A lack of trust and transparency in the relationship between asset managers and their customers has prompted the Financial Conduct Authority (FCA) to make a timely demand for cultural change in the City.
The age of complacency in the City is over, FCA chief executive Andrew Bailey told the Investment Association earlier this month, consumers must be better served by financial institutions.
As part of a drive to encourage cultural change, asset managers have been mandated to have in place at least two independent non-executive directors (iNeds) so that they make up at least 25 per cent of the executive by this time next year.
The change came after a lengthy investigation into the asset management sector which concluded that rules to “prevent undue costs being charged” were simply not working.
The watchdog clearly sees iNeds as being at the vanguard of necessary cultural change within asset management circles. Mr Bailey underlined this when he told the Investment Association that there needs to be people involved at a senior level “who can ask the difficult or challenging question”.
It marks a step change in how the regulator perceives the allocated roles and responsibilities of individual board members, with the onus on iNeds to be more visible so that independent voices are heard at a senior level.
The change cannot come quickly enough.
It has been a decade since the collapse of Lehman Brothers, but we still regularly read about companies falling by the wayside because of poor corporate governance structures – Patisserie Valerie, anyone?
While the regulator is banging the cultural change drum, it would be wise for asset managers to see this latest rule change as an opportunity to take the lead in improving corporate governance standards.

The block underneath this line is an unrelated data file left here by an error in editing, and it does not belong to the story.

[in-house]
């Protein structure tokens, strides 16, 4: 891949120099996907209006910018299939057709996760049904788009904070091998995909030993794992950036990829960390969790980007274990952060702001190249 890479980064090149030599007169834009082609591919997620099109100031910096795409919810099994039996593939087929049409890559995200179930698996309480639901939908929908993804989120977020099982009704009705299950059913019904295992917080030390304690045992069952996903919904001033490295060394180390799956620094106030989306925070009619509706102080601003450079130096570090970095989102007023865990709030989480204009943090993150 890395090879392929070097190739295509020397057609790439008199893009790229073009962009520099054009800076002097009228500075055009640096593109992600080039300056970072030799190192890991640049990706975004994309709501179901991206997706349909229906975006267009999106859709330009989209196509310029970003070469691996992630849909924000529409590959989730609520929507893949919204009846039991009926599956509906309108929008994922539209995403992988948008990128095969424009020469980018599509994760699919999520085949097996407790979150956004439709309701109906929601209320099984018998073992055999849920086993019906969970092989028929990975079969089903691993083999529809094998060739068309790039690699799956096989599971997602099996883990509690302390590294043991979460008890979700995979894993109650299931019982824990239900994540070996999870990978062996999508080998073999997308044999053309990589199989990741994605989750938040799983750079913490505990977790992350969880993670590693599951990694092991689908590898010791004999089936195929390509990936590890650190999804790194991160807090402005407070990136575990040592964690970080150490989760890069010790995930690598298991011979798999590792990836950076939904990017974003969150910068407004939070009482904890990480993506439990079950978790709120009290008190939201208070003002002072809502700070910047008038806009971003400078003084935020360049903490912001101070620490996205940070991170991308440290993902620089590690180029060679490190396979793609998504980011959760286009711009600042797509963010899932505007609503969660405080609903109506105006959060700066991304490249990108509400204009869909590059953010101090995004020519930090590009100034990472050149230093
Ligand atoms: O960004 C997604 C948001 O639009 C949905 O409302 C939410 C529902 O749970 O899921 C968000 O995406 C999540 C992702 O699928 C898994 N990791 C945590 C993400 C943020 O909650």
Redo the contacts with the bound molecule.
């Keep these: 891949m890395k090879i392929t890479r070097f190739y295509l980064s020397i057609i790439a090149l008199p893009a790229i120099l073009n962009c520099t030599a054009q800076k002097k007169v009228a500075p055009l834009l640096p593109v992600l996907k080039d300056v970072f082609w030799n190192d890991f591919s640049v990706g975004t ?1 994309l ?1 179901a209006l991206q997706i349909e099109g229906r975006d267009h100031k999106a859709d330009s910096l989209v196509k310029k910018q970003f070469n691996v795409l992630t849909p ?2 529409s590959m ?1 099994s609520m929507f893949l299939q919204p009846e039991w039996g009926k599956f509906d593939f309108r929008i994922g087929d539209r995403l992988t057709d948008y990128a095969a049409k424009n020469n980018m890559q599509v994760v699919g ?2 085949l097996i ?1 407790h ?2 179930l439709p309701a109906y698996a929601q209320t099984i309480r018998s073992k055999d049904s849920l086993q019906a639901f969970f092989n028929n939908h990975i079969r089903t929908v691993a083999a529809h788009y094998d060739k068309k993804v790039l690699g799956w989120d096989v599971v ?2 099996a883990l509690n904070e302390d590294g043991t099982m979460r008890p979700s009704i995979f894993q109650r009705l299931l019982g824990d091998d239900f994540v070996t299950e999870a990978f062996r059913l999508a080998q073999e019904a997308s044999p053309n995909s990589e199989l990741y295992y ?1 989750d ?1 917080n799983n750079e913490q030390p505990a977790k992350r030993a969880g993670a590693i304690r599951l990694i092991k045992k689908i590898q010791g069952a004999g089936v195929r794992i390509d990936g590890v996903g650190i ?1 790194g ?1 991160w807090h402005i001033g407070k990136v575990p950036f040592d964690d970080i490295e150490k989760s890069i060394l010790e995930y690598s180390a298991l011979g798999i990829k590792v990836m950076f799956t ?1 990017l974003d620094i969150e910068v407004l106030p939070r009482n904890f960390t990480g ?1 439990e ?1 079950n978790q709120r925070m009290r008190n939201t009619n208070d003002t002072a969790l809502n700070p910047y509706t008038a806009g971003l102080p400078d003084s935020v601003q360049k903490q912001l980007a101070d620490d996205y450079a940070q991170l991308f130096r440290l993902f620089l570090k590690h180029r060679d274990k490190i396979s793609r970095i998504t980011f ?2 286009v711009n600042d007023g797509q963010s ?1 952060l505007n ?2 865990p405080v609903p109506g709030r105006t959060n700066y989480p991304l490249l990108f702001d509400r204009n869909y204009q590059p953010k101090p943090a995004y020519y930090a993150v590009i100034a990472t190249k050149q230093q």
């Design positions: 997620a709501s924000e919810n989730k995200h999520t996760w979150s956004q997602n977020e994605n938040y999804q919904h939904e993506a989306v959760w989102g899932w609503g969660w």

An effective iNed should be welcomed by the board as someone who is able to improve scrutiny of costs and charges, as well as making sure compliance standards are being met in the best interests of all stakeholders.
In an effort to appoint an iNed who is not only compliant but also exceeds the expectations of the board, it would be worthwhile conducting a board effectiveness review to assess where they would make the most impact.
The review will show the executive if there are any areas where it needs to make improvements. It might also be advantageous to have an appropriate iNed lead a parallel review so that governance structures are examined from a consumer perspective.
At the very least, being able to show they have considered whether there is a need for a review – and who it should be done by – shows that the board is listening to regulatory concerns over consumer interests.
Make no mistake, if the sector fails to act the FCA has indicated that it will, rightly in my view, be forced to move to a majority non-executive director regime. This is a bold statement, underlining the severity of failing to take the rules seriously.